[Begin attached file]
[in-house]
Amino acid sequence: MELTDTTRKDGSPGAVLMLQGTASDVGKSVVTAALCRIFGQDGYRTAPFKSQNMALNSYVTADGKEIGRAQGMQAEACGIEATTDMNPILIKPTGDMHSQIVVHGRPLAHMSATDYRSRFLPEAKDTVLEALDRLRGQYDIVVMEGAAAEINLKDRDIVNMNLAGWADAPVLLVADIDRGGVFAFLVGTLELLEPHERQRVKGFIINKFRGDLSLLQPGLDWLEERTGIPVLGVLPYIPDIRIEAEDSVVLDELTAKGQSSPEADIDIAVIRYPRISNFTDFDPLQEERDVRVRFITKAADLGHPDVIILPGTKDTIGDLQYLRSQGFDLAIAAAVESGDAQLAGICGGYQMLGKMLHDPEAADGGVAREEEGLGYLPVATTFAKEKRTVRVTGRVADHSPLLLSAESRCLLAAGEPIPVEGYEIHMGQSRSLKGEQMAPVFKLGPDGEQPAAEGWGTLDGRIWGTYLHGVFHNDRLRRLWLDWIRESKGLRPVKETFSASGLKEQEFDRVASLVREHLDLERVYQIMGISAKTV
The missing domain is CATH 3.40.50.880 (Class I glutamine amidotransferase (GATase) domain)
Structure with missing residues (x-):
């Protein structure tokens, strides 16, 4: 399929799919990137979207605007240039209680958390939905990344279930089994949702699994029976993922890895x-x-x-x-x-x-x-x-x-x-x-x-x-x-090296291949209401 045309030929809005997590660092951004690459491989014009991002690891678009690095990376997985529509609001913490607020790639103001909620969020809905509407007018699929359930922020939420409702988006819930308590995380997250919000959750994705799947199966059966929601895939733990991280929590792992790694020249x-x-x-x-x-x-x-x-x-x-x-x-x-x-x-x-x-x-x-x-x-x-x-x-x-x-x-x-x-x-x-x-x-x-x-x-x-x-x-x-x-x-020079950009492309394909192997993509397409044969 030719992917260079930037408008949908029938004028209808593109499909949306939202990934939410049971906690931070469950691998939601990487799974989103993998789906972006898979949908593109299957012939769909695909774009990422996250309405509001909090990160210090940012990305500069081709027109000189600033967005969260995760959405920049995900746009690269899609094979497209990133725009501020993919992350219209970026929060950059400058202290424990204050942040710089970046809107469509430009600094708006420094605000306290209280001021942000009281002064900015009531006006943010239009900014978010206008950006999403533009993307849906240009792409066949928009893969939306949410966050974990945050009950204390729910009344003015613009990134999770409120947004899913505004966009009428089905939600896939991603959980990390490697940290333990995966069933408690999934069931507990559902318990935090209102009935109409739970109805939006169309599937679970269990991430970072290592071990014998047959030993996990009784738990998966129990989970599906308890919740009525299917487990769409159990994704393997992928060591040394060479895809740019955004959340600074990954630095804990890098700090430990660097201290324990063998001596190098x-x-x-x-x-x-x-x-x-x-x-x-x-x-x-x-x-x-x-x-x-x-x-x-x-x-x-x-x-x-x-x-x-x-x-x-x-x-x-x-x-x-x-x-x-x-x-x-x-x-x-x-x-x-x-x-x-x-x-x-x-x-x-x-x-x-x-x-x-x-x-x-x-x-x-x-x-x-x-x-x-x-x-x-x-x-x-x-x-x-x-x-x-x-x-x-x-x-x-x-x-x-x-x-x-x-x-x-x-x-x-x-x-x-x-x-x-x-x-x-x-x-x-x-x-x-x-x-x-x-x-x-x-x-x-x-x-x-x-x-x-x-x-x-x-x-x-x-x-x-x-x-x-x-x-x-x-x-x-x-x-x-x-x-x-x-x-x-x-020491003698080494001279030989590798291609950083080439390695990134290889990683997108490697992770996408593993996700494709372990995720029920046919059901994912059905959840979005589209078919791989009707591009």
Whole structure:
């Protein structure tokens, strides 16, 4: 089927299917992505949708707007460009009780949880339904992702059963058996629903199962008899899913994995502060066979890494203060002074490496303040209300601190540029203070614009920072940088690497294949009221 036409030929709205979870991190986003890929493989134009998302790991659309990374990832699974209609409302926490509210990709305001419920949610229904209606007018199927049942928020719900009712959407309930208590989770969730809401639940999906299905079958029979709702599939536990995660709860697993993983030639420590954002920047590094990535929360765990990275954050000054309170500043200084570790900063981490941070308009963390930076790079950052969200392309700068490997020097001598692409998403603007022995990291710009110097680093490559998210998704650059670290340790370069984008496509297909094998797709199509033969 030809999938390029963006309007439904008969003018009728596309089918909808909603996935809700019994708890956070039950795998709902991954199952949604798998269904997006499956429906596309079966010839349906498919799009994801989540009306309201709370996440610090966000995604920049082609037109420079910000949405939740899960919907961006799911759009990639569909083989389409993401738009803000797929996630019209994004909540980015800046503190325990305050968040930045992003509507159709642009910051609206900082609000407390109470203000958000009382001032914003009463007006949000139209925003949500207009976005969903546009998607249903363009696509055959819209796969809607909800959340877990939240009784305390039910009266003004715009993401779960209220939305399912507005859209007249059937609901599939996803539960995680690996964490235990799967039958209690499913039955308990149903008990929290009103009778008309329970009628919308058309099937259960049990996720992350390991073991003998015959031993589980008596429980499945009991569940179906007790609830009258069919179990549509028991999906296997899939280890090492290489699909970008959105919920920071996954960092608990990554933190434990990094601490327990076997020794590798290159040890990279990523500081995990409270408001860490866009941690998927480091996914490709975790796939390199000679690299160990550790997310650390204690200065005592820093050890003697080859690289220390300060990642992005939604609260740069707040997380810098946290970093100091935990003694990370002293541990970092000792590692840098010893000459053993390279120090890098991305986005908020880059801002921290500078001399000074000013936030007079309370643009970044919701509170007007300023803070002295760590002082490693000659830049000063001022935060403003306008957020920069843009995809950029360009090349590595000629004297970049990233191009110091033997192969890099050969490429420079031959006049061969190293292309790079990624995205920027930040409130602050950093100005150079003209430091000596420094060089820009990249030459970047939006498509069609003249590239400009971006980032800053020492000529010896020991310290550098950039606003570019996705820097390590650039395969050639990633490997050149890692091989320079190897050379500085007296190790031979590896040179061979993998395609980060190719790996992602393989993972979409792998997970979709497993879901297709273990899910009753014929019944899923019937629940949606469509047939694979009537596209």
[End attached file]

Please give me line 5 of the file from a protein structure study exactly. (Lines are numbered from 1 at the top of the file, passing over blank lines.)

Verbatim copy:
């Protein structure tokens, strides 16, 4: 399929799919990137979207605007240039209680958390939905990344279930089994949702699994029976993922890895x-x-x-x-x-x-x-x-x-x-x-x-x-x-090296291949209401 045309030929809005997590660092951004690459491989014009991002690891678009690095990376997985529509609001913490607020790639103001909620969020809905509407007018699929359930922020939420409702988006819930308590995380997250919000959750994705799947199966059966929601895939733990991280929590792992790694020249x-x-x-x-x-x-x-x-x-x-x-x-x-x-x-x-x-x-x-x-x-x-x-x-x-x-x-x-x-x-x-x-x-x-x-x-x-x-x-x-x-x-020079950009492309394909192997993509397409044969 030719992917260079930037408008949908029938004028209808593109499909949306939202990934939410049971906690931070469950691998939601990487799974989103993998789906972006898979949908593109299957012939769909695909774009990422996250309405509001909090990160210090940012990305500069081709027109000189600033967005969260995760959405920049995900746009690269899609094979497209990133725009501020993919992350219209970026929060950059400058202290424990204050942040710089970046809107469509430009600094708006420094605000306290209280001021942000009281002064900015009531006006943010239009900014978010206008950006999403533009993307849906240009792409066949928009893969939306949410966050974990945050009950204390729910009344003015613009990134999770409120947004899913505004966009009428089905939600896939991603959980990390490697940290333990995966069933408690999934069931507990559902318990935090209102009935109409739970109805939006169309599937679970269990991430970072290592071990014998047959030993996990009784738990998966129990989970599906308890919740009525299917487990769409159990994704393997992928060591040394060479895809740019955004959340600074990954630095804990890098700090430990660097201290324990063998001596190098x-x-x-x-x-x-x-x-x-x-x-x-x-x-x-x-x-x-x-x-x-x-x-x-x-x-x-x-x-x-x-x-x-x-x-x-x-x-x-x-x-x-x-x-x-x-x-x-x-x-x-x-x-x-x-x-x-x-x-x-x-x-x-x-x-x-x-x-x-x-x-x-x-x-x-x-x-x-x-x-x-x-x-x-x-x-x-x-x-x-x-x-x-x-x-x-x-x-x-x-x-x-x-x-x-x-x-x-x-x-x-x-x-x-x-x-x-x-x-x-x-x-x-x-x-x-x-x-x-x-x-x-x-x-x-x-x-x-x-x-x-x-x-x-x-x-x-x-x-x-x-x-x-x-x-x-x-x-x-x-x-x-x-x-x-x-x-x-x-020491003698080494001279030989590798291609950083080439390695990134290889990683997108490697992770996408593993996700494709372990995720029920046919059901994912059905959840979005589209078919791989009707591009």